There are two commentaries. The first one is with Mary Tamm and director Darrol Blake. The second one is with Tom Baker; Mary Tamm and Susan Engel. There’s an info-text commentary option; a ‘Blue Peter’ item and a ‘Nationwide’ cast interview; a photo gallery of the story and ‘Radio Times Listing’ PDF of the story.
There’s a coming soon trailer for ‘Planet of Evil’ with Tom Baker and Elisabeth Sladen.
‘The Stones of Blood’ is a great ‘Doctor Who’ story by David Fisher. I’m not one for gothic horror, but I found this a very enjoyable tale with the Doctor; Romana; K-9 and sausage sandwiches of all things.
‘The Stones of Blood’ rating – 10/10
‘DOCTOR WHO – THE STONES OF BLOOD’
Please feel free to comment on my review.
Getting More Blood From The Stones
This was an exciting audiobook for me when I purchased it on holiday in York 2011!
‘The Stones of Blood’ is one of my favourite stories from ‘The Key To Time’ season of ‘Doctor Who’ with Tom Baker and Mary Tamm. I hold fond memories of this story when I first saw it on DVD. I even used ‘The Stones of Blood’ as inspiration to write my first fan-fiction tale, ‘The Railway of Time’.
So it came as a welcome surprise when ‘The Stones of Blood’ was released as a novelization/audiobook in 2011. As stated before, I purchased this novelization/audiobook of the story when on holiday in York, August 2011. I was looking forward to hearing the audiobook back at home.
Surprisingly, this was novelization/audiobook is by David Fisher, the original author of the TV story. This was a surprise for me, as I didn’t think he novelized the story back in the 70s. ‘The Stones of Blood’ was first novelized by Terrance Dicks for the Target novelization range of ‘Doctor Who’ books.
But it turned out that this was a brand new novelization of the story direct for audio. This was a delight for me, as it was great to have David Fisher write a brand new novelization of the TV story for us to enjoy on audio. It’s such a shame that we don’t have the actual book to read to the audiobook.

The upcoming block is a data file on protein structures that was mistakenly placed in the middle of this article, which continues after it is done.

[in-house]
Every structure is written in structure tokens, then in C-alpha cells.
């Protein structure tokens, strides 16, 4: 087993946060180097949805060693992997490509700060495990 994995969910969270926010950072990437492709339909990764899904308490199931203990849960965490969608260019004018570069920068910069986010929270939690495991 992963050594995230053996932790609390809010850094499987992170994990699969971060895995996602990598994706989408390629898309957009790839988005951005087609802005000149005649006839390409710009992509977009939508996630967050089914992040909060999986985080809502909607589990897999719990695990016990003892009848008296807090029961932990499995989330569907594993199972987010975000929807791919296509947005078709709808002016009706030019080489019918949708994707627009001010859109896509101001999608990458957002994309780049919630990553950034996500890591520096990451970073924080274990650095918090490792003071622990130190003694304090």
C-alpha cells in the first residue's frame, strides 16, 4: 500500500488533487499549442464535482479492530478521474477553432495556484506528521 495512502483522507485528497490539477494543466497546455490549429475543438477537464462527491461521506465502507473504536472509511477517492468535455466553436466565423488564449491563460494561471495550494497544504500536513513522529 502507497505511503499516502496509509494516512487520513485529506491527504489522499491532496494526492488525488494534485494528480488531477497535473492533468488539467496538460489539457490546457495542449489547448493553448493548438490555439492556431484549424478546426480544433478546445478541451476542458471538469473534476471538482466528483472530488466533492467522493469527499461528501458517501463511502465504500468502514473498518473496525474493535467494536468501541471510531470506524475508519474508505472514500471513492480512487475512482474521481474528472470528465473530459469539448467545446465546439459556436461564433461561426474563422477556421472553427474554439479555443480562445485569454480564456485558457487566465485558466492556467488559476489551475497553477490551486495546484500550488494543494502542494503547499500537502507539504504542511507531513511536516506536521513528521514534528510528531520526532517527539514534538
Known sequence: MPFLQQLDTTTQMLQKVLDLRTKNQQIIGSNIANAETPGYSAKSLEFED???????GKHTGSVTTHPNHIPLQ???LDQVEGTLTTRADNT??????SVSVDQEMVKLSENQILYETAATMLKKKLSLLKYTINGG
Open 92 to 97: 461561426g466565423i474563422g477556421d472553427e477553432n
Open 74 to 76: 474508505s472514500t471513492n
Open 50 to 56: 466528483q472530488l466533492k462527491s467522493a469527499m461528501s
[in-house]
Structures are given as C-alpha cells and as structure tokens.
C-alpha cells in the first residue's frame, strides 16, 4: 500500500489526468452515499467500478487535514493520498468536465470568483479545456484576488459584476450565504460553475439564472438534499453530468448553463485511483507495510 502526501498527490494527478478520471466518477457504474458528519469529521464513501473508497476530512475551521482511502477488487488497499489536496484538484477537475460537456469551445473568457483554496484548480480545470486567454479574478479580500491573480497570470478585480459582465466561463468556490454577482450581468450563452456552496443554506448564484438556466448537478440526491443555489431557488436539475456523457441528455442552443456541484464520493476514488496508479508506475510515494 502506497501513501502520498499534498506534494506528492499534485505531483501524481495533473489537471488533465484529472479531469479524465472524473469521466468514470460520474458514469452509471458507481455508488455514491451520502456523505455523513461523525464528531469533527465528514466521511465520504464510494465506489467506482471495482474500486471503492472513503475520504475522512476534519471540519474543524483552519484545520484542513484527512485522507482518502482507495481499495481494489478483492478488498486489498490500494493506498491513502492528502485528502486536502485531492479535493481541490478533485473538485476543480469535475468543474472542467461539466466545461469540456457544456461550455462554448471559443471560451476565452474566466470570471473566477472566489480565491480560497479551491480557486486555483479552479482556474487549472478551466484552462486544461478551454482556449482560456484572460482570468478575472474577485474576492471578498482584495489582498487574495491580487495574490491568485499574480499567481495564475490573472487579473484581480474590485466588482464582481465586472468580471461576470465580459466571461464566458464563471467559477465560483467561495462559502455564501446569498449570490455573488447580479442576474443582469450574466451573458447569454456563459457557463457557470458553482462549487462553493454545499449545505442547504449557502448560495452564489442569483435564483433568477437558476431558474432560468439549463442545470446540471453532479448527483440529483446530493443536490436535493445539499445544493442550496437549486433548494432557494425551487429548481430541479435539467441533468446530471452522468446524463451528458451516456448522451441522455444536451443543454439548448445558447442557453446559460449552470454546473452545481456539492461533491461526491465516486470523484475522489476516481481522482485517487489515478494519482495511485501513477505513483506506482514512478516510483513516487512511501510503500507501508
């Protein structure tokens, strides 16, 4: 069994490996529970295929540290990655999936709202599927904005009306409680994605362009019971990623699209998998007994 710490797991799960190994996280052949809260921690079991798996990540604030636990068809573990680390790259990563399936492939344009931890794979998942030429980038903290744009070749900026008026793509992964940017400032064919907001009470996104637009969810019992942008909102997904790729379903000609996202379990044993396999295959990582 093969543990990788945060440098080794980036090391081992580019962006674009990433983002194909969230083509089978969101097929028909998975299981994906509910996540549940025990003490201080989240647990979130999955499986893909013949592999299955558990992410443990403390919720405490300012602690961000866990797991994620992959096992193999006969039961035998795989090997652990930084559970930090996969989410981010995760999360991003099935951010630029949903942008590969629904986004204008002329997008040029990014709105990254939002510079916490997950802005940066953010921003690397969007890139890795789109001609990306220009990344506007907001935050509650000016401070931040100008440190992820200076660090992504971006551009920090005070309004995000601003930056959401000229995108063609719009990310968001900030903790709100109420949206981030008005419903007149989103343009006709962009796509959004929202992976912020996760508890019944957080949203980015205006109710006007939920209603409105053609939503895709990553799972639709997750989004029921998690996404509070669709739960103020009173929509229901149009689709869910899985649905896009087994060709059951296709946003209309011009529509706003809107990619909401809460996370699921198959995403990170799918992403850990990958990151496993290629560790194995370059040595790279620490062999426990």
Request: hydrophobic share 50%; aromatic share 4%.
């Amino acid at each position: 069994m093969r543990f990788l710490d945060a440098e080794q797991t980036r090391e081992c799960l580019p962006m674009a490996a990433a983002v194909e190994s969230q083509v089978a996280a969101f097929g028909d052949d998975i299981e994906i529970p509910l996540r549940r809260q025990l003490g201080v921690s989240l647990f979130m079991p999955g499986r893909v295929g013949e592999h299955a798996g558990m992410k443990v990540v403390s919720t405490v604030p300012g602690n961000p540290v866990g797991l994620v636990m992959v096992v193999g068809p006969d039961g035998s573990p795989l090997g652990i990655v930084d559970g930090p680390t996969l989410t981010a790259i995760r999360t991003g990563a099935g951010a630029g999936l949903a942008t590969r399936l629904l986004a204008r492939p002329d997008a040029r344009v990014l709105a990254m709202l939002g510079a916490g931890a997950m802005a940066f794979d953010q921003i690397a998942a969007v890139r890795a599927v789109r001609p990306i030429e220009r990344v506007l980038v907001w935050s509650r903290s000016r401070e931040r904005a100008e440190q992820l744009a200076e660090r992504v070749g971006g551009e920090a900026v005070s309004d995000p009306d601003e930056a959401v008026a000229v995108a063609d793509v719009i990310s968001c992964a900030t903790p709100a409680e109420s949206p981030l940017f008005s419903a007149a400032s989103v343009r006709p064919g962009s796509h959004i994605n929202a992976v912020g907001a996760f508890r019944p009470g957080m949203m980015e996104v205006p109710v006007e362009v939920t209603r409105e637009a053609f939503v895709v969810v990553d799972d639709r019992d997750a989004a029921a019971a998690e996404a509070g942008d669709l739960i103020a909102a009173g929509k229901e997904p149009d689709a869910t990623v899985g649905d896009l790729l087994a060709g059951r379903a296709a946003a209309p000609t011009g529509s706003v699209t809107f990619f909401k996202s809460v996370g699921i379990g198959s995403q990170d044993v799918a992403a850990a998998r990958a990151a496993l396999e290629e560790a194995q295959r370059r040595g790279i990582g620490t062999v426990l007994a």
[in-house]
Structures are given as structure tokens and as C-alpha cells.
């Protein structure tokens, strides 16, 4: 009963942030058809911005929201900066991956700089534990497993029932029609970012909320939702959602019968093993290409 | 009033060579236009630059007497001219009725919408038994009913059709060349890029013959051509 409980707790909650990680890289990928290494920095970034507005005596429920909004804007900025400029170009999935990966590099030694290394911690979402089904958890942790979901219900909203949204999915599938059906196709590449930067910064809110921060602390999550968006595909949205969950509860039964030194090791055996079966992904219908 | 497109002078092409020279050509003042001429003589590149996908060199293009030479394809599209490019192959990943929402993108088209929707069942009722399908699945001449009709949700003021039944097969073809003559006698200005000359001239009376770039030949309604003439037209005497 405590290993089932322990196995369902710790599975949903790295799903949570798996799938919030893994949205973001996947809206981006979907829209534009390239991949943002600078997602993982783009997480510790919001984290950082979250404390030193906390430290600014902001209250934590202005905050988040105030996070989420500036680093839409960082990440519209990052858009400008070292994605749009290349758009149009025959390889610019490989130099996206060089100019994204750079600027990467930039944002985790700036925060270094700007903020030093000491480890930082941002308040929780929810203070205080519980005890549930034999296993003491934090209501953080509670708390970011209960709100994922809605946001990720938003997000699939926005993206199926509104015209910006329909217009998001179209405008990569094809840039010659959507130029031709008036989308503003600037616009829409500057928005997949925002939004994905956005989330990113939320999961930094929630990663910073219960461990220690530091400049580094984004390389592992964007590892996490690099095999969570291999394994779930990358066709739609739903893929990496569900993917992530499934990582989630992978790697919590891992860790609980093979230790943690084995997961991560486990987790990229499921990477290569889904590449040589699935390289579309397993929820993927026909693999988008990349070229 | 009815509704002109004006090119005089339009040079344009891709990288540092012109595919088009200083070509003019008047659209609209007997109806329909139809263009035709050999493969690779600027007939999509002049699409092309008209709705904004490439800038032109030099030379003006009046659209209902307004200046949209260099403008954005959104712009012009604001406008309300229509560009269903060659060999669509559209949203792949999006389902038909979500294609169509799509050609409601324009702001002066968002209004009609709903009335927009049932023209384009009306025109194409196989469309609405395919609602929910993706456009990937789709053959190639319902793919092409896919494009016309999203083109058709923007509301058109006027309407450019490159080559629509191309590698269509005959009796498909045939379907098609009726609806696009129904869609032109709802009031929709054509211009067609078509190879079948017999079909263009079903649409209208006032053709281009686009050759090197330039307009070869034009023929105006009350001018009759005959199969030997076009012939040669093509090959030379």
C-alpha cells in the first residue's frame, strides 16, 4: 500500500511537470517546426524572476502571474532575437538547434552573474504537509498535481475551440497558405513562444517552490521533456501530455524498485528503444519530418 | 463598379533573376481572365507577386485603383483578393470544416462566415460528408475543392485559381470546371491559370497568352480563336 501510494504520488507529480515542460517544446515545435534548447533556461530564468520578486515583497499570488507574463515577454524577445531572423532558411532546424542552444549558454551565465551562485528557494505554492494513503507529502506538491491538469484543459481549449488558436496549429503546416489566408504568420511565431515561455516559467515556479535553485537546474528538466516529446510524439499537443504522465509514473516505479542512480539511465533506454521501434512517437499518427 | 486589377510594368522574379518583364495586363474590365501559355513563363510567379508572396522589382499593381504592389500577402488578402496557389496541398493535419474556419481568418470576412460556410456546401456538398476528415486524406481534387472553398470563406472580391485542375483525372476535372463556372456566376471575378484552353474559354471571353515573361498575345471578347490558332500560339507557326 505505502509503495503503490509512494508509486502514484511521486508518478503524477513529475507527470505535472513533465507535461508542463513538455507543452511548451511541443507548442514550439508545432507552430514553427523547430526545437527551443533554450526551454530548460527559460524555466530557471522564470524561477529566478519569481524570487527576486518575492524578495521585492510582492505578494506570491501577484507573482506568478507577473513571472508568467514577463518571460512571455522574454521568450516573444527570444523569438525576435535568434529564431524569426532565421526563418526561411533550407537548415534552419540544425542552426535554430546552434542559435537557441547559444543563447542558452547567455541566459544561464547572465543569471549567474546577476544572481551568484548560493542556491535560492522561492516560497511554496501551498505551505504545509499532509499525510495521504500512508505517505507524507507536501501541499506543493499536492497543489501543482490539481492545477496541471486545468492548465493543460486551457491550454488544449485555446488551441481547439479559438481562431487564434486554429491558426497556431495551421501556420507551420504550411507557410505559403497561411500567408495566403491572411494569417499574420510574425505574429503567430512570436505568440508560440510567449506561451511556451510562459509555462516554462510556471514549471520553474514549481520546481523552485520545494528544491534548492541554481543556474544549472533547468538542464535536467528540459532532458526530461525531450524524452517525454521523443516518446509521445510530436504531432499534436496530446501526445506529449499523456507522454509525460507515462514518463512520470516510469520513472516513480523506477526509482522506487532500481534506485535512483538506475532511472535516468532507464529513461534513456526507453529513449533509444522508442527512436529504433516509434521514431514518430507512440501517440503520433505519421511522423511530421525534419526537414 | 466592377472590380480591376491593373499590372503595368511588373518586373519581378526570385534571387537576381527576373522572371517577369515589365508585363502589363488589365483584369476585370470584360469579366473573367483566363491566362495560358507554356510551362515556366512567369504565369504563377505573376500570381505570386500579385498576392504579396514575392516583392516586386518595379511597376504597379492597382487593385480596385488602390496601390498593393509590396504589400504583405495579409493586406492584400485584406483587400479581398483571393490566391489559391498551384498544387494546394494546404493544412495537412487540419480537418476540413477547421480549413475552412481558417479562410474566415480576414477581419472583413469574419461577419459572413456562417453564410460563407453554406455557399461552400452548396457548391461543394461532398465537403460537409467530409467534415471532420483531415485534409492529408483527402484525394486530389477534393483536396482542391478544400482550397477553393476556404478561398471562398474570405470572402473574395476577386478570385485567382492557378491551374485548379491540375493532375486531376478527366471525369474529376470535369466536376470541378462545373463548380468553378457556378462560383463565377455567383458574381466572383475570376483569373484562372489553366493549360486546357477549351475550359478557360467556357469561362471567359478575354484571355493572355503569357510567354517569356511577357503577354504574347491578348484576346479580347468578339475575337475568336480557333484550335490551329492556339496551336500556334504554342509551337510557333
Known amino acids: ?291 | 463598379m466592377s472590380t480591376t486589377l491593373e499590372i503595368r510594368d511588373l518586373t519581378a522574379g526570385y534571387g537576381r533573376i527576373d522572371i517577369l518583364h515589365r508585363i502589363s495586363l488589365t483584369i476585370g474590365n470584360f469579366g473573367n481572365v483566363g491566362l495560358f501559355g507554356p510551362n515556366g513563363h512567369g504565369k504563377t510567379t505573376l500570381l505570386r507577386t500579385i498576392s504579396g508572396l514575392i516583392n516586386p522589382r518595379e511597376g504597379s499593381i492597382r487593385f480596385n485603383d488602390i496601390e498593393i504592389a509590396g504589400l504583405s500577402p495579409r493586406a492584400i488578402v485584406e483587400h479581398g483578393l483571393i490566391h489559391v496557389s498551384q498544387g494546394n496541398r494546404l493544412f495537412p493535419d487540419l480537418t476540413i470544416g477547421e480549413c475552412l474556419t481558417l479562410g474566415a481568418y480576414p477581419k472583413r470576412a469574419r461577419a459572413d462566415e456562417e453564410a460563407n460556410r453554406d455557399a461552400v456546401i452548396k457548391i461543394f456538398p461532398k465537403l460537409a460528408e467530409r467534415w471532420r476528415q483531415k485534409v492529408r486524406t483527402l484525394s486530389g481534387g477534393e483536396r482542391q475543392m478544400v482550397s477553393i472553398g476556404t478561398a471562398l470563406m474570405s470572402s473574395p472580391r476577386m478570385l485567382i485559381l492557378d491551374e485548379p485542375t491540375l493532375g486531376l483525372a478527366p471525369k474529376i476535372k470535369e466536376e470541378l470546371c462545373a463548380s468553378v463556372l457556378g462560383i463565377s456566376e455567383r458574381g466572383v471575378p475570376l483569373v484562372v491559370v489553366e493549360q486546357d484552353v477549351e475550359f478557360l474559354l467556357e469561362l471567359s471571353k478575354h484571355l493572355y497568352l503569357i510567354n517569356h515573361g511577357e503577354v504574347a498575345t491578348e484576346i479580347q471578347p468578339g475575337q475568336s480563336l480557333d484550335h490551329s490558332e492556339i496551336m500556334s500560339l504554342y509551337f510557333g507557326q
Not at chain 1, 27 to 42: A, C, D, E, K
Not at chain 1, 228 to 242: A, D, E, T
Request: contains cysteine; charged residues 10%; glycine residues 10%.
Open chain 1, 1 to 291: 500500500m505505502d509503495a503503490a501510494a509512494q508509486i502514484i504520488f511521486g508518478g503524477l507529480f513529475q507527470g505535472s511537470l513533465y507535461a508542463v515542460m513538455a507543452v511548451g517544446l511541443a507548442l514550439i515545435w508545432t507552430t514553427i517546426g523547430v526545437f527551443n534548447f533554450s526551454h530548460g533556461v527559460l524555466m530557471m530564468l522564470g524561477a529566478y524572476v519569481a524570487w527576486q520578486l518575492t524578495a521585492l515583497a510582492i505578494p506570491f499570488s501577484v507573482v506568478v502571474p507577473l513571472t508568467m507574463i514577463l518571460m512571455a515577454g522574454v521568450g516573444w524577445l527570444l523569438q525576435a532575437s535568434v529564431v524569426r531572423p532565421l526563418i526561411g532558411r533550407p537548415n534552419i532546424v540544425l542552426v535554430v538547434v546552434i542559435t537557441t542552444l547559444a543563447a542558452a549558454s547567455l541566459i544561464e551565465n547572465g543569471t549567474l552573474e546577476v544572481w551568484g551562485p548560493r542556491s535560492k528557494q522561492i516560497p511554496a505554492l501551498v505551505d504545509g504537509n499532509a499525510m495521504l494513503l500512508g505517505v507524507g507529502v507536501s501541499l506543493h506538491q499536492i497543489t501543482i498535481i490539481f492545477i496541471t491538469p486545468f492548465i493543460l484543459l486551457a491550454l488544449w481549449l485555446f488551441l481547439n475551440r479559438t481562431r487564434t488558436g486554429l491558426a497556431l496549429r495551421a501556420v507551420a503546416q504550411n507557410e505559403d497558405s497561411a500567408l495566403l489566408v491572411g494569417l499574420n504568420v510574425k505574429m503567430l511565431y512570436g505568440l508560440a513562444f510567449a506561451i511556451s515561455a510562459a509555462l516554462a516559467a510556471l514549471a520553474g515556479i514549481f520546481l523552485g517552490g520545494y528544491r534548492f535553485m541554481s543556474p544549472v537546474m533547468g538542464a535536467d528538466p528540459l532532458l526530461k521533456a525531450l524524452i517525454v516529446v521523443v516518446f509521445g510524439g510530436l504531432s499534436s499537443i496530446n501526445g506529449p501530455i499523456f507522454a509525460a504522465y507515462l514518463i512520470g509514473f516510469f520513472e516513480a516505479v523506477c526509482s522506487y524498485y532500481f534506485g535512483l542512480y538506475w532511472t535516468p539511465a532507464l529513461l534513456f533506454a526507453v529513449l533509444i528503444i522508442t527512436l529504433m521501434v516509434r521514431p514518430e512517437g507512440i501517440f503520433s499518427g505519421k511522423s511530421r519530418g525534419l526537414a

Usually when I purchase ‘Doctor Who’ novelization/audiobooks, I’d like to purchase the original Target novelization as well as to read along with the audiobook to absorb the text of the story. But it didn’t matter, as this felt like a Target novelization anyway and it was very good to listen to on audio.
David Fisher has novelized for the Target range of ‘Doctor Who’ before, since he novelized ‘The Creature From The Pit’ and ‘The Leisure Hive’. It’s surprising he never novelized ‘The Stones of Blood’ and ‘The Androids of Tara’ back then, but it’s good he’s made up for that in both stories for 2011-12.
The novelization/audiobook is divided into 11 chapters and is spread across a 4-disc set. There’s also an Appendix attached to this novelization/audiobook focusing on the Megara justice machines. The Appendix is read during the audiobook between Chapters 7 and 8 of the story and is found on Disc 3.